Starlink on Mars? NASA Is Paying SpaceX to Look Into the Idea

NASA has given the go-ahead for SpaceX to work out a plan to adapt its Starlink broadband internet satellites for use in a Martian communication network.

The idea is one of a dozen proposals that have won NASA funding for concept studies that could end up supporting the space agency’s strategy for bringing samples from Mars back to Earth for lab analysis. The proposals were submitted by nine companies — also including Blue Origin, Lockheed Martin, United Launch Alliance, Astrobotic, Firefly Aerospace, Impulse Space, Albedo Space and Redwire Space.

Awardees will be paid $200,000 to $300,000 for their reports, which are due in August. NASA says the studies could lead to future requests for proposals, but it’s not yet making any commitment to follow up.

“We’re in an exciting new era of space exploration, with rapid growth of commercial interest and capabilities,” Eric Ianson, director of NASA’s Mars Exploration Program, said in a news release. “Now is the right time for NASA to begin looking at how public-private partnerships could support science at Mars in the coming decades.”

For years, SpaceX executives have been talking about using Starlink satellites in Martian orbit as part of billionaire founder Elon Musk’s vision of making humanity a multiplanetary species. In 2020, SpaceX President Gwynne Shotwell told Time magazine that connectivity will be an essential part of the company’s Mars settlement plan.

“Once we take people to Mars, they are going to need a capability to communicate,” she said. “In fact, I think it will be even more critical to have a constellation like Starlink around Mars. And then, of course, you need to connect the two planets as well — so, we need to make sure we have robust telecom between Mars and back in Earth.”

Musk delved into more detail during last October’s International Astronautical Congress in Azerbaijan. “For Mars, you’d want a laser relay system, essentially,” he said. “It depends on what bandwidth you’re looking for. … Ultimately, we’d want terabit, maybe petabit-level data transfer between Earth and Mars.” Check out his comments on YouTube:

Musk could capitalize on NASA’s need to upgrade its communication relay system at the Red Planet, which relies on satellites that are up to 23 years old. The space agency’s main focus for future Mars exploration is its multi-mission strategy to retrieve samples that have been cached by the Perseverance rover. Last month, NASA said it would rework that strategy to reduce costs, in part by taking advantage of innovations coming from private industry. The innovations that are now the focus of the Mars Exploration Commercial Services program could play prominent roles in the revised strategy.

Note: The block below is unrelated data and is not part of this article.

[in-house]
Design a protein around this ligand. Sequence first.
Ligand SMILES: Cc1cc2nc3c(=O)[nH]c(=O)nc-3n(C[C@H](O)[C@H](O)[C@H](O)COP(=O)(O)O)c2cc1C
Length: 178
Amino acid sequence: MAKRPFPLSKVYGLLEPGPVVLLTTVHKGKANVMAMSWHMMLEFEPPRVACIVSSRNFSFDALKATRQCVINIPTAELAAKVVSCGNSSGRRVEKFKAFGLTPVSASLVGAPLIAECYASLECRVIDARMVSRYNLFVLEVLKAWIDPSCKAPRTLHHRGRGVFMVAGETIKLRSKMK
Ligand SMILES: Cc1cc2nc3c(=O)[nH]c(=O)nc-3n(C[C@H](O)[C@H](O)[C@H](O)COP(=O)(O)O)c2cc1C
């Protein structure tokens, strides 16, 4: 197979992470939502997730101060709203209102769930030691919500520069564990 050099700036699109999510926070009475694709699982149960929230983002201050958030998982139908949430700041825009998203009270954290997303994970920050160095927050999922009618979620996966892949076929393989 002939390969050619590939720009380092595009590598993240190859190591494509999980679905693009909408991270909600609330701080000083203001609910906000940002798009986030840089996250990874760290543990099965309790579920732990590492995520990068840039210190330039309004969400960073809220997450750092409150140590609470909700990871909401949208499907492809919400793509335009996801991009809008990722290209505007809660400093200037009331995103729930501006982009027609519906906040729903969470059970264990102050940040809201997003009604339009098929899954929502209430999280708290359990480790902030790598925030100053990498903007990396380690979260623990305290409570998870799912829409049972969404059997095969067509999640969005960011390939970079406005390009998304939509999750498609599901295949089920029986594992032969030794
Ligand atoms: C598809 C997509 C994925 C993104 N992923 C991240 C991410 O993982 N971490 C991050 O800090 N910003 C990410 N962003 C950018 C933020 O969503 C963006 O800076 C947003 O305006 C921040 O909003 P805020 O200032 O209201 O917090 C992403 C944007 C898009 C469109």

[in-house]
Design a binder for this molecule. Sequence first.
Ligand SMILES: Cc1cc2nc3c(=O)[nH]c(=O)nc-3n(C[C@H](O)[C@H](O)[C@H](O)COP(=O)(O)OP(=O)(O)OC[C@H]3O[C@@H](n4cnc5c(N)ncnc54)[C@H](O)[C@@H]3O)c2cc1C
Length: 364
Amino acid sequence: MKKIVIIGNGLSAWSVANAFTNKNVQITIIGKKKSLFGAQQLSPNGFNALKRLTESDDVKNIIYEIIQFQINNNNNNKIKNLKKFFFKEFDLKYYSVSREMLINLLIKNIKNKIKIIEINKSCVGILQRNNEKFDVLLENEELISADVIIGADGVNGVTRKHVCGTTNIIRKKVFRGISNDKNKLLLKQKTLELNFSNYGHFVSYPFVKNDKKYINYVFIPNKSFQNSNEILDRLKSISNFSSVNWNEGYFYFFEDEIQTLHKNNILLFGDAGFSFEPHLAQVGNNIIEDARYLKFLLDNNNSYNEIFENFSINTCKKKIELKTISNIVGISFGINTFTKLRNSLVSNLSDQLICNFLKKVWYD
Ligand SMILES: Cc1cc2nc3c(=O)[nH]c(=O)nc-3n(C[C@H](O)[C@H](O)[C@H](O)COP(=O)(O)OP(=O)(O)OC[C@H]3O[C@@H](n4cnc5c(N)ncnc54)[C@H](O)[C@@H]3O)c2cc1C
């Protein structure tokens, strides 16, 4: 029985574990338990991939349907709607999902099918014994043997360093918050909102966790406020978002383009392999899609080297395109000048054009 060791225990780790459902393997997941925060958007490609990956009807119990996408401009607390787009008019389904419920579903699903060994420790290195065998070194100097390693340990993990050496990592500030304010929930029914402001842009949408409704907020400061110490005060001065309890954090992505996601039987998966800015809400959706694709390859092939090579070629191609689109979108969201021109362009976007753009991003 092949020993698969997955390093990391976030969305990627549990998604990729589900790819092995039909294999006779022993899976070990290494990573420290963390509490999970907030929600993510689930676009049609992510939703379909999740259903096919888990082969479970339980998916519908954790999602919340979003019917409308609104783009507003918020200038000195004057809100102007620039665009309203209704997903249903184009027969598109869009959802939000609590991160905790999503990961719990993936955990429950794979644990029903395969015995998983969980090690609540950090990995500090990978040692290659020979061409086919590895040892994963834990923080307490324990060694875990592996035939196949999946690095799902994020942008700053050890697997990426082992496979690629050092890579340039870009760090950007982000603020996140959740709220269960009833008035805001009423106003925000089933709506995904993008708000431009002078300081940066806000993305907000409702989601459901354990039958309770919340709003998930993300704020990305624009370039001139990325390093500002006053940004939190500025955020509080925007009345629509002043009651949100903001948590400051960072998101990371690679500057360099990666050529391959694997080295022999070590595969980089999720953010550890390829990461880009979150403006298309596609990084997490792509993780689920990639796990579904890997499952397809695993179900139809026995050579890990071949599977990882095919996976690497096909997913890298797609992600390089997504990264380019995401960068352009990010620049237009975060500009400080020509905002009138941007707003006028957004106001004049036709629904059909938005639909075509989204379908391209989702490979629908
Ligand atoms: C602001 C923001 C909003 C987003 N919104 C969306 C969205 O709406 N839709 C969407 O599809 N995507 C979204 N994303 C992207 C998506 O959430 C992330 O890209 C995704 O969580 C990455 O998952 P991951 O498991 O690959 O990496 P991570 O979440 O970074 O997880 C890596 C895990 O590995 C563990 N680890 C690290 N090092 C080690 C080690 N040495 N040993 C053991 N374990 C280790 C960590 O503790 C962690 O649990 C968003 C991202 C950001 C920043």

Blue Origin, the space venture founded by Amazon billionaire Jeff Bezos, will look into adapting its Blue Ring transfer vehicle to host and deliver payloads heading for Mars. A separate study will focus on Blue Ring’s potential use for next-generation relay services. In a posting to X / Twitter, Blue Origin said it was “excited to be part of NASA’s studies around the future of Mars robotic science and the unique benefits our Blue Ring platform can provide by enabling large payload delivery, hosting, and next-gen relay services.”

Here are the other companies on NASA’s list, and the subjects of their studies:

  • Albedo Space: How to adapt an imaging satellite originally meant for low Earth orbit to provide Mars surface imaging.
  • Astrobotic Technology: How to modify a lunar-exploration spacecraft for large payload delivery and hosting services. Also, how to modify a lunar-exploration spacecraft for Mars surface imaging.
  • Firefly Aerospace: How to adapt a lunar-exploration spacecraft for small payload delivery and hosting services.
  • Impulse Space: How to adapt its Helios space tug to provide small payload delivery and hosting for Mars missions.
  • Lockheed Martin: How to adapt a lunar-exploration spacecraft for small payload delivery and hosting. Also, how to provide communication relay services for Mars with a spacecraft originally meant for use in the vicinity of Earth and the moon.
  • Redwire Space: How to modify a commercial imaging spacecraft originally meant for low Earth orbit to provide Mars surface-imaging services.
  • United Launch Alliance (through United Launch Services): How to modify an Earth-vicinity cryogenic upper stage to provide large payload delivery and hosting services.

Alan Boyle

Science writer Alan Boyle is the creator of Cosmic Log, a veteran of and NBC News Digital, and the author of "The Case for Pluto." He's based in Seattle, but the cosmos is his home.

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